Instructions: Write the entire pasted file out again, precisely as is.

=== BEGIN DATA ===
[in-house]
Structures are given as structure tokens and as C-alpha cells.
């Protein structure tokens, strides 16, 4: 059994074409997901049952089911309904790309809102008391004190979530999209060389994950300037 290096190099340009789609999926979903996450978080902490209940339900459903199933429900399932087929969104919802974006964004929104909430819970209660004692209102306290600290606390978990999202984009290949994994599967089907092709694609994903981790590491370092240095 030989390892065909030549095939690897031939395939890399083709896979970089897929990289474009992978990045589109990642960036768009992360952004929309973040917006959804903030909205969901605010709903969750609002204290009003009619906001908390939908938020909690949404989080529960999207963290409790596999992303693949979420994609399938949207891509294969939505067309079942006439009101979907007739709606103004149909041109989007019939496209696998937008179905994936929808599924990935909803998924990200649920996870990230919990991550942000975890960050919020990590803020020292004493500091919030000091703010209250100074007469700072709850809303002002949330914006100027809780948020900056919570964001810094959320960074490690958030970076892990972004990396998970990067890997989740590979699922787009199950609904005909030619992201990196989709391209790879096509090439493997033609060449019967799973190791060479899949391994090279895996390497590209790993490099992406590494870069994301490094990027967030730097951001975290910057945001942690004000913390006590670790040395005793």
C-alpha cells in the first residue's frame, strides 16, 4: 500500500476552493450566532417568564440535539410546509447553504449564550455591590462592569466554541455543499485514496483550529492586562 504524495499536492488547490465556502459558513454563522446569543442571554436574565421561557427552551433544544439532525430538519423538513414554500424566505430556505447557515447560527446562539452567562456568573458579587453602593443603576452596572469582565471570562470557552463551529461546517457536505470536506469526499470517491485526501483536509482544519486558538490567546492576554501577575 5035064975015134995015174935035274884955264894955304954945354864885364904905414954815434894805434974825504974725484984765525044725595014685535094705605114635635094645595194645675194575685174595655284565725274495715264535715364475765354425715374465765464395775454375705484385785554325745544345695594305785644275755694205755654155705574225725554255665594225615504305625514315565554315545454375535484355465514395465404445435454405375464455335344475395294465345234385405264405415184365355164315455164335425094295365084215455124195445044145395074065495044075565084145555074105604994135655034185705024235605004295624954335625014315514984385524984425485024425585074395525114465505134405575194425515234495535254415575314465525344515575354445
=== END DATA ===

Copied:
[in-house]
Structures are given as structure tokens and as C-alpha cells.
């Protein structure tokens, strides 16, 4: 059994074409997901049952089911309904790309809102008391004190979530999209060389994950300037 290096190099340009789609999926979903996450978080902490209940339900459903199933429900399932087929969104919802974006964004929104909430819970209660004692209102306290600290606390978990999202984009290949994994599967089907092709694609994903981790590491370092240095 030989390892065909030549095939690897031939395939890399083709896979970089897929990289474009992978990045589109990642960036768009992360952004929309973040917006959804903030909205969901605010709903969750609002204290009003009619906001908390939908938020909690949404989080529960999207963290409790596999992303693949979420994609399938949207891509294969939505067309079942006439009101979907007739709606103004149909041109989007019939496209696998937008179905994936929808599924990935909803998924990200649920996870990230919990991550942000975890960050919020990590803020020292004493500091919030000091703010209250100074007469700072709850809303002002949330914006100027809780948020900056919570964001810094959320960074490690958030970076892990972004990396998970990067890997989740590979699922787009199950609904005909030619992201990196989709391209790879096509090439493997033609060449019967799973190791060479899949391994090279895996390497590209790993490099992406590494870069994301490094990027967030730097951001975290910057945001942690004000913390006590670790040395005793």
C-alpha cells in the first residue's frame, strides 16, 4: 500500500476552493450566532417568564440535539410546509447553504449564550455591590462592569466554541455543499485514496483550529492586562 504524495499536492488547490465556502459558513454563522446569543442571554436574565421561557427552551433544544439532525430538519423538513414554500424566505430556505447557515447560527446562539452567562456568573458579587453602593443603576452596572469582565471570562470557552463551529461546517457536505470536506469526499470517491485526501483536509482544519486558538490567546492576554501577575 5035064975015134995015174935035274884955264894955304954945354864885364904905414954815434894805434974825504974725484984765525044725595014685535094705605114635635094645595194645675194575685174595655284565725274495715264535715364475765354425715374465765464395775454375705484385785554325745544345695594305785644275755694205755654155705574225725554255665594225615504305625514315565554315545454375535484355465514395465404445435454405375464455335344475395294465345234385405264405415184365355164315455164335425094295365084215455124195445044145395074065495044075565084145555074105604994135655034185705024235605004295624954335625014315514984385524984425485024425585074395525114465505134405575194425515234495535254415575314465525344515575354445